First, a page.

Definition of limpkin in English:

limpkin

noun

  • A wading marshbird related to the rails, with long legs and a long bill, found in the south-eastern US and tropical America.

    • ‘The private fish camp on Orange lake is known for its limpkins, wading birds, shorebirds and wintering ducks.’
    • ‘Visitors will be attuned to the ‘music’ of the swamp with the calls of woodpeckers, barred owls and limpkins along the ‘On the Boardwalk’ exhibit.’
    • ‘Folks may try to tell you that limpkins are exclusive apple snail specialists, but don't you believe it.’
    • ‘It is focused on the habitat selection and associations of apple snails, snail kites, and limpkins.’
    • ‘I sometimes see a limpkin, sometimes a pair, hanging out at the retention pond down the street.’
    • ‘Its curved bill bits perfectly into a snail shell, allowing the limpkin to deftly extract the mollusk.’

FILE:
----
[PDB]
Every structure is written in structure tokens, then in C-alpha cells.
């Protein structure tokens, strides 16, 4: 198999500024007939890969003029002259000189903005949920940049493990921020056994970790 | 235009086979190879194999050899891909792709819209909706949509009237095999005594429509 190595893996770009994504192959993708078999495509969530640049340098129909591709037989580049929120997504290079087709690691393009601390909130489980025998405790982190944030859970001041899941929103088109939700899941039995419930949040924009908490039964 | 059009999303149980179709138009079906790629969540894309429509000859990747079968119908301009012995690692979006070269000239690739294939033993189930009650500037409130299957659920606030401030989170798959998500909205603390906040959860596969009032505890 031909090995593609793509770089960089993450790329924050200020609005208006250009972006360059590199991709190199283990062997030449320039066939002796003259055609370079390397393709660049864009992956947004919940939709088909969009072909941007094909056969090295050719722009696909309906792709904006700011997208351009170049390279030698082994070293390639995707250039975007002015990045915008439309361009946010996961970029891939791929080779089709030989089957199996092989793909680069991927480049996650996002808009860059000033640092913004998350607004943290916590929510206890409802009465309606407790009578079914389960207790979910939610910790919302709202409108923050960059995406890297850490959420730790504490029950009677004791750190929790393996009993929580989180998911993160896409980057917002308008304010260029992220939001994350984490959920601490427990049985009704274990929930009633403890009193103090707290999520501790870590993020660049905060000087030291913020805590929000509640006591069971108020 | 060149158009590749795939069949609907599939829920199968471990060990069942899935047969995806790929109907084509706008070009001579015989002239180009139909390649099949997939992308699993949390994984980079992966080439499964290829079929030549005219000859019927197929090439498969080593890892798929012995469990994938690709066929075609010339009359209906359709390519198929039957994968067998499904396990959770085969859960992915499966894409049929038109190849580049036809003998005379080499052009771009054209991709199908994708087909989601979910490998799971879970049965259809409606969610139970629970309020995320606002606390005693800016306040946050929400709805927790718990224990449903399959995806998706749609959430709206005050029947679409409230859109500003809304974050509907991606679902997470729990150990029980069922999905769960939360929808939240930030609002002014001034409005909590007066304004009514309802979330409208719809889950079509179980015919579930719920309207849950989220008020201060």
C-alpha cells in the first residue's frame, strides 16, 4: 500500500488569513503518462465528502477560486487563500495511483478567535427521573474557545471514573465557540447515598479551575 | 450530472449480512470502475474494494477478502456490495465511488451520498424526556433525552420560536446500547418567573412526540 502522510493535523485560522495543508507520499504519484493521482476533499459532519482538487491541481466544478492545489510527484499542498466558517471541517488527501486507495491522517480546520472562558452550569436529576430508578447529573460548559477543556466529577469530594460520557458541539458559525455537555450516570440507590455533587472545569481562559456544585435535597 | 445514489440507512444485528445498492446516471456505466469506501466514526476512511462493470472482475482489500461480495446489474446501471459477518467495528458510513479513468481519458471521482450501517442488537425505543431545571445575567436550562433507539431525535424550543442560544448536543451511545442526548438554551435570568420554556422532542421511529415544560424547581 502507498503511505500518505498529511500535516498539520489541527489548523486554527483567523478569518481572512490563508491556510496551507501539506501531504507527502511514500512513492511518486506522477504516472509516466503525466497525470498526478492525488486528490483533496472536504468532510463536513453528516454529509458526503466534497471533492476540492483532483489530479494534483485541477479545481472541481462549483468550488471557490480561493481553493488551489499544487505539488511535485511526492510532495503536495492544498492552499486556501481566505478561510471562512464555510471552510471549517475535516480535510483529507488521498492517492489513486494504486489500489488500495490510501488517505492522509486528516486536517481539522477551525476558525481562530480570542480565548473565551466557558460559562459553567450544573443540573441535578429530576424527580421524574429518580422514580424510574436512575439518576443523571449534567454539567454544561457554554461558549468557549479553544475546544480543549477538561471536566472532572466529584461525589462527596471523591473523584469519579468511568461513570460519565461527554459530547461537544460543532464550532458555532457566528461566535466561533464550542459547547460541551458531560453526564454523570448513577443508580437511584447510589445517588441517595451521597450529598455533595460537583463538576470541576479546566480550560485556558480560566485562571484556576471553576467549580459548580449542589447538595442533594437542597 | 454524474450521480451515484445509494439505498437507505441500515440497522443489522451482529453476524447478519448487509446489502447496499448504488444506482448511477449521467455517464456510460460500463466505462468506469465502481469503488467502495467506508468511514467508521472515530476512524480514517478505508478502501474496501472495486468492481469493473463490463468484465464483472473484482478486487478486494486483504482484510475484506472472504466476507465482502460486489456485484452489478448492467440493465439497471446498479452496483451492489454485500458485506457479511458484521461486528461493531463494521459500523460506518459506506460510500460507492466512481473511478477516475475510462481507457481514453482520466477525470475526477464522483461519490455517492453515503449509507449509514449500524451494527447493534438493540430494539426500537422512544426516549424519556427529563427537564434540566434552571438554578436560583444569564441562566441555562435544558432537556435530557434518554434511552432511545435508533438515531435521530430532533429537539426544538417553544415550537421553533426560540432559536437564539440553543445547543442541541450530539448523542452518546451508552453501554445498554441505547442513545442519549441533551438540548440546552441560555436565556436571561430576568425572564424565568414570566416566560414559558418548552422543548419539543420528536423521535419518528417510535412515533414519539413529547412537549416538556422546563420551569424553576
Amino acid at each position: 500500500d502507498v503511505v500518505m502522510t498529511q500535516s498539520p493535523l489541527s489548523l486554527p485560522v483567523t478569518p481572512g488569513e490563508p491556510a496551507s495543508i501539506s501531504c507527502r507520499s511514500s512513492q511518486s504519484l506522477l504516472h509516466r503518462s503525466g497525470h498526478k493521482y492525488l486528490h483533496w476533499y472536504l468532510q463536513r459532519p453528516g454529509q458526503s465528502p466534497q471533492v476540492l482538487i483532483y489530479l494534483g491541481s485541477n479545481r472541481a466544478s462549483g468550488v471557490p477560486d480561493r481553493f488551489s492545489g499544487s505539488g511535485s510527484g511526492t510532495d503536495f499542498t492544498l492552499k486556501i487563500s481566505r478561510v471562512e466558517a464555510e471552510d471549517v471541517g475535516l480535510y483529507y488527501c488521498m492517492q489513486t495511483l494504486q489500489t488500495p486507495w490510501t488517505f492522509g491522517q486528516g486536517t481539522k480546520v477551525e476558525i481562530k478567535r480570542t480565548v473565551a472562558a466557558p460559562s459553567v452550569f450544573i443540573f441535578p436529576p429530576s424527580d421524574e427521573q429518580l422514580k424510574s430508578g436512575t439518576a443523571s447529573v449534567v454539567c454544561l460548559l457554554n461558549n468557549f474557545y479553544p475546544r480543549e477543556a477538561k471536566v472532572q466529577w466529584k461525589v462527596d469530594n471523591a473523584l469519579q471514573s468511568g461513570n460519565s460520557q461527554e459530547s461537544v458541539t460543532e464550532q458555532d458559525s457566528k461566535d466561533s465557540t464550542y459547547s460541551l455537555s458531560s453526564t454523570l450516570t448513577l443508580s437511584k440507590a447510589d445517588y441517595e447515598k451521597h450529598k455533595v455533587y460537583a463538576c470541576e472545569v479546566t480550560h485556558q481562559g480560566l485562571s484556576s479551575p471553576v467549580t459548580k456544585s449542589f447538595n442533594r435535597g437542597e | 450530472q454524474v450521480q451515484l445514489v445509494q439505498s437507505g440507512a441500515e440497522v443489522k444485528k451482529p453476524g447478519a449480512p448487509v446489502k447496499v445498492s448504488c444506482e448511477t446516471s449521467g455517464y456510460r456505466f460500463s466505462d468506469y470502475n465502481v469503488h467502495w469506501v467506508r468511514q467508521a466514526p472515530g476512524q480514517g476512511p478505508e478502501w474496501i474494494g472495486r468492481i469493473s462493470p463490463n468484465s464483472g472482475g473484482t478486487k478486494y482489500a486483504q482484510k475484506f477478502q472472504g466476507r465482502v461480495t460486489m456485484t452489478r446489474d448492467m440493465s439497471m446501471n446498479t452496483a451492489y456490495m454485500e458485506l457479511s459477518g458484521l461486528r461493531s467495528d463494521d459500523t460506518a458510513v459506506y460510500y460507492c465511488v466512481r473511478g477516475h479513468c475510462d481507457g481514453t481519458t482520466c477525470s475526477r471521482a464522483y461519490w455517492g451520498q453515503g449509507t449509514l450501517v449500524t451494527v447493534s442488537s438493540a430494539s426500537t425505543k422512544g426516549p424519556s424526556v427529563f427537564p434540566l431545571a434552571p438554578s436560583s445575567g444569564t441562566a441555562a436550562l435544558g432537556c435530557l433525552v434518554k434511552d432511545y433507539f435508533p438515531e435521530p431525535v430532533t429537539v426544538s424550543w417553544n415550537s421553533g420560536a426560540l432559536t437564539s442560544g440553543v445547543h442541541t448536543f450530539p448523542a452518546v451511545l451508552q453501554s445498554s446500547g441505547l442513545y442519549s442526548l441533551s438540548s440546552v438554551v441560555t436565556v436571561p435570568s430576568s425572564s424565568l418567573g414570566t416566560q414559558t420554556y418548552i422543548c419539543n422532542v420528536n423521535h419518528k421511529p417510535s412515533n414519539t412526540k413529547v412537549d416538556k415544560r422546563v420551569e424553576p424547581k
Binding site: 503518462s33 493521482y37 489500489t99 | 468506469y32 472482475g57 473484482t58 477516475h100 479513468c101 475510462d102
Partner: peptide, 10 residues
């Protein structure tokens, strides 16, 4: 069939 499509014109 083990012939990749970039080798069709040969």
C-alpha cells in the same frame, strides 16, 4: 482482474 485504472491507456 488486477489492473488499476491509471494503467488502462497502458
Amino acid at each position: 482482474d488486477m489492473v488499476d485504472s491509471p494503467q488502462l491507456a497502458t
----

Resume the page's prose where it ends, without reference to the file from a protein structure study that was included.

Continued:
• ‘Florida, land of limpkins, oasis of anhingas, gathering place of gallinules, offers some of the most distinctive birding in the United States.’
    • ‘Quiet observers can see numerous wildlife species and are often treated to sightings of Florida redbelly turtles, limpkins (A. guarauna) and river otters (L. canadensis).’
    • ‘But there is some worry the pythons may start feeding on birds, such as limpkins, which are not accustomed to defending themselves against nocturnal predators.’
    • ‘You can also see otter, limpkins, herons, and alligators.’
    • ‘Alas, the cry of the limpkin, a hair-raising screech.’
    • ‘Limpkins have a small gap in the bill which helps them carry and handle snails.’
    • ‘The limpkin is about 23-28 inches in length with a wingspan of about 42 inches.’
    • ‘It will sometimes take other food, but the limpkin is a highly specialized feeder.’

Origin

Late 19th century: from limp (with reference to the bird's limping gait) + -kin.

Pronunciation:

limpkin

/ˈlɪm(p)kɪn/